An industrial pallet-repair operation on the outskirts of Paris becomes a microcosm of Muslim immigrant hopes and tensions in Rabah Ameur-Zaimeche's "Adhen."
An industrial pallet-repair operation on the outskirts of Paris becomes a microcosm of Muslim immigrant hopes and tensions in Rabah Ameur-Zaimeche’s “Adhen.” Shifting from a gentle reverie on the joys of Islam to the strain of a worker/boss conflict, pic seems created more to take advantage of the visually arresting space than to further storytelling ideas. More structured but less dramatized than helmer’s “Back Home,” “Adhen” will leave most auds wondering at the sense of amorphousness.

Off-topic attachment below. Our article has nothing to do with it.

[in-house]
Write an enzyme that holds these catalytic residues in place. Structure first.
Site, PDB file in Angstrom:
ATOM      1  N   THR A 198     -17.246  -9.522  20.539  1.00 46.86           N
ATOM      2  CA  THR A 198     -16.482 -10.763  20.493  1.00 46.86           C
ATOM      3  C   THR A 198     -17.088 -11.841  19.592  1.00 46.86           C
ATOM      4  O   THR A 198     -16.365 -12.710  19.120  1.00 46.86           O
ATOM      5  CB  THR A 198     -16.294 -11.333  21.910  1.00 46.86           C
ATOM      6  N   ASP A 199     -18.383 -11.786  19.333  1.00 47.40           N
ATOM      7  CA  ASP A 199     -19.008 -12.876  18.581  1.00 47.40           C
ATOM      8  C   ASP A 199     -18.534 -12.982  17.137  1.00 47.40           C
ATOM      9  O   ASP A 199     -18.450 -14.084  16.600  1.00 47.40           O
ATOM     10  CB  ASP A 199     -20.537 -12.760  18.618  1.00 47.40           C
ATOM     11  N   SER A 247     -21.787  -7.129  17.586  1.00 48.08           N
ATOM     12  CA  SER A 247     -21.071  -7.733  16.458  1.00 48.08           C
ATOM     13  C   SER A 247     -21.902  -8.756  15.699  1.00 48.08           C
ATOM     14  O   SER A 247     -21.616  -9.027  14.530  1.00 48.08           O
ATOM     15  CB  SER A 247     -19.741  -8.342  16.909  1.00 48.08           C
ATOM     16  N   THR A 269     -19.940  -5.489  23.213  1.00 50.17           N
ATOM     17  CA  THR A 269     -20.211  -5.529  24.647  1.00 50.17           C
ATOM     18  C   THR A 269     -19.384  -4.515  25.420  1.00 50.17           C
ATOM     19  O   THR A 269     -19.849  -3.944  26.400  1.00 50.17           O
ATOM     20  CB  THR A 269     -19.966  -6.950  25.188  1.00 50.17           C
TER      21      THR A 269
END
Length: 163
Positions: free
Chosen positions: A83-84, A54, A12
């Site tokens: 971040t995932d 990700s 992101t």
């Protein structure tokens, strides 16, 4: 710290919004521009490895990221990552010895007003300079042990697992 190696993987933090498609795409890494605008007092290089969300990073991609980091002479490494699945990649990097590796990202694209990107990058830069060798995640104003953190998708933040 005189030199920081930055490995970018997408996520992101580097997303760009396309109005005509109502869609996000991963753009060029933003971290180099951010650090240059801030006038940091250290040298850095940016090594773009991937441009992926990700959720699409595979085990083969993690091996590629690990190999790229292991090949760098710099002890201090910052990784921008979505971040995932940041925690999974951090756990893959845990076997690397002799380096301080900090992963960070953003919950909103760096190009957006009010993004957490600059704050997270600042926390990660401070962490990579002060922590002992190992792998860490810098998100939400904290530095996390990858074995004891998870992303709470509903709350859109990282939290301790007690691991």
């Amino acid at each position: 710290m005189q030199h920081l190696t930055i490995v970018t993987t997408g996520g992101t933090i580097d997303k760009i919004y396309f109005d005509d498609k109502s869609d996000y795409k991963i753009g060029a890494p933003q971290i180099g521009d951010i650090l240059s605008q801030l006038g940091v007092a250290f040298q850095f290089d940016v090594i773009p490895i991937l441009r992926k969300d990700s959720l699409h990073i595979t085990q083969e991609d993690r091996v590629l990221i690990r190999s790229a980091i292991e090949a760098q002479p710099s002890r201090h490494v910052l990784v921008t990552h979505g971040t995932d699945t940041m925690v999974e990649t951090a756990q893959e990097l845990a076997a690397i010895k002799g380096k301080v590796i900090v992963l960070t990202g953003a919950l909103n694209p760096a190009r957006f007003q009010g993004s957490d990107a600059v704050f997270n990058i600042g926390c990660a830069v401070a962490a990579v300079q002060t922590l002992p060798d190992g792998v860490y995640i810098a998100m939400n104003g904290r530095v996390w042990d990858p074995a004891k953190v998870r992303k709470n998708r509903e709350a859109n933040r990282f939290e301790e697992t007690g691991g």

Recurring shots of large stacks of brightly painted red pallets act as ribs on which the action is meant to stick, though the intriguing spaces they create become ends in themselves. Mao (helmer Ameur-Zaimeche) appears to be a strict but solicitous employer to Muslim immigrants who are grateful for the mosque he builds on the premises. Clashes develop when he chooses the imam (Larbi Zekkour) without consultation, creating further friction with his mechanics (Salim Ameur-Zaimeche, Abel Jafri), who prefer not-too-bright recent convert Titi (Christian Milia-Darmezin). As in previous works, Ameur-Zaimeche throws in an incongruous scene, here involving a nutria, as an ice-breaker. Visuals and sound are carefully calibrated and overall look is handsome.